Calif. Gov. Proposes Cuts To Close Budget Deficit

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California is facing a huge budget deficit. In his State of the Sate speech Monday, Gov. Jerry Brown urged lawmakers to let the state's voters decide on his budget plan. Brown said it's possible to turn things around, but not without inflicting some pain.

RENEE MONTAGNE, host:

California's new governor got a mention of the uprising in Egypt into his State of the State Speech last night, as we'll hear in a moment. The last time Jerry Brown was governor, three decades ago, the state had problems, but nothing like today's economic meltdown. Governor Brown said it is possible to turn things around in his state, but not without inflicting some pain, as NPR's Richard Gonzales reports.

RICHARD GONZALES: Jerry Brown is famous for being frugal with time and money, so it was no surprise when he spoke for only 14 minutes. He laid out his plan for fixing California's huge budget deficit with a combination of spending cuts and tax extensions.

Governor JERRY BROWN (Democrat, California): Do I like the choices we face? No, I don't like them. But after serious study of the options left by a $25 billion deficit, the budget I propose is the best that I can devise.

GONZALES: Extending some taxes that are due to expire later this year is crucial, Brown says, because without them, cuts in health, education and public safety will be even more painful. He urged Republicans to get on board and not obstruct his efforts to balance the budget.

Gov. BROWN: When democratic ideals and calls for the right to vote are stirring the imagination of young people in Egypt and Tunisia and other parts of the world, we in California can't say now is the time to block vote of the people.

(Soundbite of applause)

GONZALES: Among the crowd of lawmakers gathered in the state capitol, there may have been some skeptics. But Brown faces an even bigger challenge persuading the public-at-large. That's important, since voters will have the final say on whether the governor's plan lives or dies.

In the Bay Area, one group of young, female professionals who gathered to hear Brown speech are among those who will have to be convinced.

Ms. NICOLE HOWELL (Volunteer Coordinator, Ombudsmen Services, San Mateo County): My name's Nicole Howell. I'm a volunteer coordinator for Ombudsmen Services of San Mateo County, and we work with residents in long term care.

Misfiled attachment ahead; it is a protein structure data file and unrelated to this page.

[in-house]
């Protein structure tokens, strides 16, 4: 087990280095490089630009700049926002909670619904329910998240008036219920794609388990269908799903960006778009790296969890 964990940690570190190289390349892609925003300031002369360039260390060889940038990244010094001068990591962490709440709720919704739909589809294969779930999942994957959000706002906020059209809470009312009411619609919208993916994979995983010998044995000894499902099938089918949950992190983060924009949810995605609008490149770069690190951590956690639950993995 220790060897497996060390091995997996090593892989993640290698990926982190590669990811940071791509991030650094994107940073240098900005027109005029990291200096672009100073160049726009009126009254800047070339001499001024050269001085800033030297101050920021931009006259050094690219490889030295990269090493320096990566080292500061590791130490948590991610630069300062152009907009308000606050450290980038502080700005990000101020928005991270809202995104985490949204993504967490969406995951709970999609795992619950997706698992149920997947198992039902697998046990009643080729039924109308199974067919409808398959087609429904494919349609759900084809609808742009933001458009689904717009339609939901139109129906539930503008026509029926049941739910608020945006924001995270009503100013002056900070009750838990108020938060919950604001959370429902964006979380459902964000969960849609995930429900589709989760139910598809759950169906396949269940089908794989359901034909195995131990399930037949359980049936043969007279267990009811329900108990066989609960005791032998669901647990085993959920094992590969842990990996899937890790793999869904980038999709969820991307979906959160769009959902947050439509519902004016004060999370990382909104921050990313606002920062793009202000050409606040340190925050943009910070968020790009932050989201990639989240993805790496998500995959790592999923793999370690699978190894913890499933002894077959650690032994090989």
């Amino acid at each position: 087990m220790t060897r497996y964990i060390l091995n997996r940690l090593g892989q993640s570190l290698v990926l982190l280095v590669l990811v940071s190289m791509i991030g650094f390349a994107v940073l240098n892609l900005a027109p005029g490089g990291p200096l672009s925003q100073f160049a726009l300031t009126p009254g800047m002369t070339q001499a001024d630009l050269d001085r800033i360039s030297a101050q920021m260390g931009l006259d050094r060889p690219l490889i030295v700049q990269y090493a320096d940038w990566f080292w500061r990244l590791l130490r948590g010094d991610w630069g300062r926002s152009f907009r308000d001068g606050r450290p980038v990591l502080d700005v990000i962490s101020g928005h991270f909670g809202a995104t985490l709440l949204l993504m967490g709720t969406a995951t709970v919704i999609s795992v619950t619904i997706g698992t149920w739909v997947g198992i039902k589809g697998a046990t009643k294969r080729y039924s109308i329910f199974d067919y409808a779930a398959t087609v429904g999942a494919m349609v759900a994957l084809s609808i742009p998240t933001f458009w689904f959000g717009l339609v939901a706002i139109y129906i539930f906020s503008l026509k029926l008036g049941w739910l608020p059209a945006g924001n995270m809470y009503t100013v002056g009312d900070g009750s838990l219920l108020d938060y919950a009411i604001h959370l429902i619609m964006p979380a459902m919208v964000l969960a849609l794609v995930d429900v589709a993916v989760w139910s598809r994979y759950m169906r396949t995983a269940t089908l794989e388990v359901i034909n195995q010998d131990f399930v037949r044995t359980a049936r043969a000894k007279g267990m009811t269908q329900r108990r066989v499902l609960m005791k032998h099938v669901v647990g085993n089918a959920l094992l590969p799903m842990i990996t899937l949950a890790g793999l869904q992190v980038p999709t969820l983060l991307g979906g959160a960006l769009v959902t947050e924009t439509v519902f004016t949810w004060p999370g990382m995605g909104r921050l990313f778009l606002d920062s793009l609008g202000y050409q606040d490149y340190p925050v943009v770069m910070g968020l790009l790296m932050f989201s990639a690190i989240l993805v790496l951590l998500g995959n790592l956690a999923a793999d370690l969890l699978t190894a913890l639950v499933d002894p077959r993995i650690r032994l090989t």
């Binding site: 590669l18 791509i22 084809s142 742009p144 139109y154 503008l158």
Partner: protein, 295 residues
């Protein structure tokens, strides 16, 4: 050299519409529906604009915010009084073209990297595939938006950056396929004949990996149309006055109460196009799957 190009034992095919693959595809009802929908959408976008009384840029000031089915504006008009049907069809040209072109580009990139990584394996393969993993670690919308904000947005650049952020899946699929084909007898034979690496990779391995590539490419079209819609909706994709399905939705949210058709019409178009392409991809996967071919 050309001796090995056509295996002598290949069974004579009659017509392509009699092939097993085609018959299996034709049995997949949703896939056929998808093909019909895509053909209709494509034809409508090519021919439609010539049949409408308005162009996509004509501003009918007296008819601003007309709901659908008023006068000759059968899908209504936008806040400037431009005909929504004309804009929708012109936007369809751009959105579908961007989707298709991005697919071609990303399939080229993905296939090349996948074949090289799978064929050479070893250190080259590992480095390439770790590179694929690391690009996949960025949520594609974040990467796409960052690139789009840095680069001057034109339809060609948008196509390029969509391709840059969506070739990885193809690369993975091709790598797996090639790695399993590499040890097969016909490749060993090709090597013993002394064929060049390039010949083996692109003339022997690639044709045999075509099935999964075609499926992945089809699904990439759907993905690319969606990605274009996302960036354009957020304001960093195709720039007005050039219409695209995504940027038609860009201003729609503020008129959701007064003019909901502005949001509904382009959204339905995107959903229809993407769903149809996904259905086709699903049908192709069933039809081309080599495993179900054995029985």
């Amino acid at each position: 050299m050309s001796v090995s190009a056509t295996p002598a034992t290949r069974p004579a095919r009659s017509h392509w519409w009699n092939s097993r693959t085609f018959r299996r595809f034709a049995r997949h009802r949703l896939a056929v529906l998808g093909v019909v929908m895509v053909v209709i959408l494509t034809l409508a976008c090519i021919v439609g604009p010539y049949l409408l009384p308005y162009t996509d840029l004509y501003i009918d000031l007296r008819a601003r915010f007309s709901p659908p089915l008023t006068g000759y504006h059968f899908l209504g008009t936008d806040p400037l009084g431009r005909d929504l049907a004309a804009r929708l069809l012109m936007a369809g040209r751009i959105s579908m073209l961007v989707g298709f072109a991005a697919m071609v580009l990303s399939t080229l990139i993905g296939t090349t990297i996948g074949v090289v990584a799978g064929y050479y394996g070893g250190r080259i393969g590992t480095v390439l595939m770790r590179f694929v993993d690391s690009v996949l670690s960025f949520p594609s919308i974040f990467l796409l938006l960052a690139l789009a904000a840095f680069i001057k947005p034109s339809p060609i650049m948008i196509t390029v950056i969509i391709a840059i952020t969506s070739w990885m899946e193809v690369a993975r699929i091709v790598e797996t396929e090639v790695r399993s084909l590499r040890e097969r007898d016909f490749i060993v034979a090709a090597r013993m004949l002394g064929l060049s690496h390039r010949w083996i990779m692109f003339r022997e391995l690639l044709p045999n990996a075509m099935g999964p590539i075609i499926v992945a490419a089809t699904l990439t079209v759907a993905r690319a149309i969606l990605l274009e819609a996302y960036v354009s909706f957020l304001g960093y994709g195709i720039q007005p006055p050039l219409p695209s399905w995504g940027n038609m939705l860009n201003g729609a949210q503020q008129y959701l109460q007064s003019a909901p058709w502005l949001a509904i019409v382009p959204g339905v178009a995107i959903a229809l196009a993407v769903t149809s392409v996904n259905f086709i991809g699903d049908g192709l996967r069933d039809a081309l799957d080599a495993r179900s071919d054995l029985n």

GONZALES: Howell is a self-described moderate who was born around the time Jerry Brown was last governor. She says that by invoking the fear of more budget cuts, Brown failed to inspire her.

Ms. HOWELL: That's sort of what politicians always have. It's like, we're going to shut down universities. That's what we're going to do. But again, I don't feel like they're actually going to do that.

GONZALES: Twenty eight-year-old Grace Boone works for a group that builds the academic skills of young girls. She says she wouldn't support Brown's call for extending the state sales tax.

Ms. GRACE BOONE (Special Events Manager, Girls Incorporated of Alameda County): As a voter who has sort of kind of heard murmurs but doesn't really understand what all is happening, I didn't get a good understanding of why I should vote to extend the sales tax increase. That's one percent more. That's one percent more on top of my salary that's already been cut. I don't know why I should say yes to that, when I'm going to feel that pinch every day.

Ms. TEHSHAN LEE: I didn't hear anything about job creation.

GONZALES: Thirty six-year-old Tehshan Lee used to work for a health advocacy organization, and has been unemployed for the past seven months.

Ms. LEE: It was all about, you know, balancing the budget. It was - yeah. There was nothing about job creation or helping people look for jobs, or get people back into the employment sector.

GONZALES: Her friend, 29-year-old Laura Traferro, a grant writer, was equally pessimistic. Like a lot of young professionals here, she finds it difficult to get a piece of the American dream that people a generation ago took for granted.

Ms. LAURA TRAFERRO (Grant Writer): I just want California to be a place where you want to come here, you want to go to school, you want to buy a house, you want to raise a family - you can do that stuff. And right now, I look at the future, and I don't think I can do that stuff living here.

GONZALES: Traferro says she has high hopes, but was disappointed with the governor's speech. She says it gave her no reason to think that life in California will change anytime soon.

Richard Gonzales, NPR News, San Francisco.

(Soundbite of music)

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